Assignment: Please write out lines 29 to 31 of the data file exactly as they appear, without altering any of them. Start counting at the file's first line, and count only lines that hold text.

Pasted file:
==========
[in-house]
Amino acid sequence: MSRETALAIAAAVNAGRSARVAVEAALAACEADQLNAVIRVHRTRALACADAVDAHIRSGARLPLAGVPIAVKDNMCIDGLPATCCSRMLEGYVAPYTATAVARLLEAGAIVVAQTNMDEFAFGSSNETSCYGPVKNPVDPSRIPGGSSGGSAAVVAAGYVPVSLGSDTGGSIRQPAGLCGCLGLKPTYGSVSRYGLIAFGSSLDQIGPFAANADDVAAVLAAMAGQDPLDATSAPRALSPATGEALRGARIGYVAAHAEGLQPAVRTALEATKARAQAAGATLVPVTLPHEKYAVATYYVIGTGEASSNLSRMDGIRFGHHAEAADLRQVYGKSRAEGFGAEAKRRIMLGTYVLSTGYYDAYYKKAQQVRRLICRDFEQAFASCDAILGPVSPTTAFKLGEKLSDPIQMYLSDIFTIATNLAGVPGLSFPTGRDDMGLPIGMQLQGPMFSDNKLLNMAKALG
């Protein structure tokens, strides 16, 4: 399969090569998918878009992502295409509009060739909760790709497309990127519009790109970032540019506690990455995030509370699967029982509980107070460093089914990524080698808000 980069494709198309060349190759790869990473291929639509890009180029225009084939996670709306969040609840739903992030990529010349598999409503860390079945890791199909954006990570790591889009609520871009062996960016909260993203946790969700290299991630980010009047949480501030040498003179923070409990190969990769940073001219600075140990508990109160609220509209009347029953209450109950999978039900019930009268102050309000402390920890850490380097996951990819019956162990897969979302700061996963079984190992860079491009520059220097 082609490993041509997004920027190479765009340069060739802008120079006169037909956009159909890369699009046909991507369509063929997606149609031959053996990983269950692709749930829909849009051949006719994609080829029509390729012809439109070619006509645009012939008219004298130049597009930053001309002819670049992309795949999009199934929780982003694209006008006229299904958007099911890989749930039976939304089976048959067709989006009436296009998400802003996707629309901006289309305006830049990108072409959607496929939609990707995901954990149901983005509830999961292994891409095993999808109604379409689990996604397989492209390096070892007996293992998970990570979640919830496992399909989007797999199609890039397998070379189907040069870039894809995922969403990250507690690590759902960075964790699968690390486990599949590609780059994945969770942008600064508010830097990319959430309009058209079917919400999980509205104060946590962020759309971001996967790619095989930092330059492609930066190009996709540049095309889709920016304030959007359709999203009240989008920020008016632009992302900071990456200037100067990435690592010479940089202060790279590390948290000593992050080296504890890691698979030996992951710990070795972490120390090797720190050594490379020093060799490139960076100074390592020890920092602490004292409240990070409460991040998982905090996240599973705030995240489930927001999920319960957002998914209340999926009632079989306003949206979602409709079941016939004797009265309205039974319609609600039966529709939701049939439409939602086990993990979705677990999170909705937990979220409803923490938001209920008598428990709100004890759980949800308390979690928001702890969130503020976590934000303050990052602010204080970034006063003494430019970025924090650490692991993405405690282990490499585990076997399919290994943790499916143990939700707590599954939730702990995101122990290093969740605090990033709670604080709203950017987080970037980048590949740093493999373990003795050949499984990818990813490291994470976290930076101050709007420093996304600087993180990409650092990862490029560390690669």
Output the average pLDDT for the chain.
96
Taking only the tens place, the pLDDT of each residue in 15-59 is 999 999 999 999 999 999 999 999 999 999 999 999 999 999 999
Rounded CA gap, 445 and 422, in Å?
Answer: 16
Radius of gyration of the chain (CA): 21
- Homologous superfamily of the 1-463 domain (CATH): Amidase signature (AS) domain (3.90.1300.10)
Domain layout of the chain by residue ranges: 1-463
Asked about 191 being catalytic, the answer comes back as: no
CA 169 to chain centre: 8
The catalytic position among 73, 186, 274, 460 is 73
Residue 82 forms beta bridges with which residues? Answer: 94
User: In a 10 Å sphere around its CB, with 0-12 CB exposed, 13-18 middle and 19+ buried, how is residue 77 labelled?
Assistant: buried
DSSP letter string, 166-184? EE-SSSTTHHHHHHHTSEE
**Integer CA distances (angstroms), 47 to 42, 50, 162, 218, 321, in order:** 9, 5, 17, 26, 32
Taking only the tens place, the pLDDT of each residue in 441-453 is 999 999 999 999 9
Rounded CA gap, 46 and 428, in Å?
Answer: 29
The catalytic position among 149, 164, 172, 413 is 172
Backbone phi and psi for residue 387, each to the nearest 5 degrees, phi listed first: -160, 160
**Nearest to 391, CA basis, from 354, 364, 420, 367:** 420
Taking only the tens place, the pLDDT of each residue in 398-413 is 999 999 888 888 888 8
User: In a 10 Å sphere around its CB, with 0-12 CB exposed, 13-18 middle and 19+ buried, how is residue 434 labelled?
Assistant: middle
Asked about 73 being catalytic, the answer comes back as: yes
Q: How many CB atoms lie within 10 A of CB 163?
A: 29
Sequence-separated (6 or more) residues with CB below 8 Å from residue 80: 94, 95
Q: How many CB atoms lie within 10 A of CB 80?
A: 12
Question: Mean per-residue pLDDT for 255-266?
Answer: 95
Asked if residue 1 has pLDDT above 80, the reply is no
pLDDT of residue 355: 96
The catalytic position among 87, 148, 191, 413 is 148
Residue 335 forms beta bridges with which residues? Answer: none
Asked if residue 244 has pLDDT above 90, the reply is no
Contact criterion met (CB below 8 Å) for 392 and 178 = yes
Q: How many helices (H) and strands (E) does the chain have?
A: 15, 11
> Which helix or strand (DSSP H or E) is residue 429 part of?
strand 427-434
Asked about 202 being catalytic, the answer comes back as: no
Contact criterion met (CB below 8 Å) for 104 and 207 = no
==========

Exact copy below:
Asked about 73 being catalytic, the answer comes back as: yes
Q: How many CB atoms lie within 10 A of CB 163?
A: 29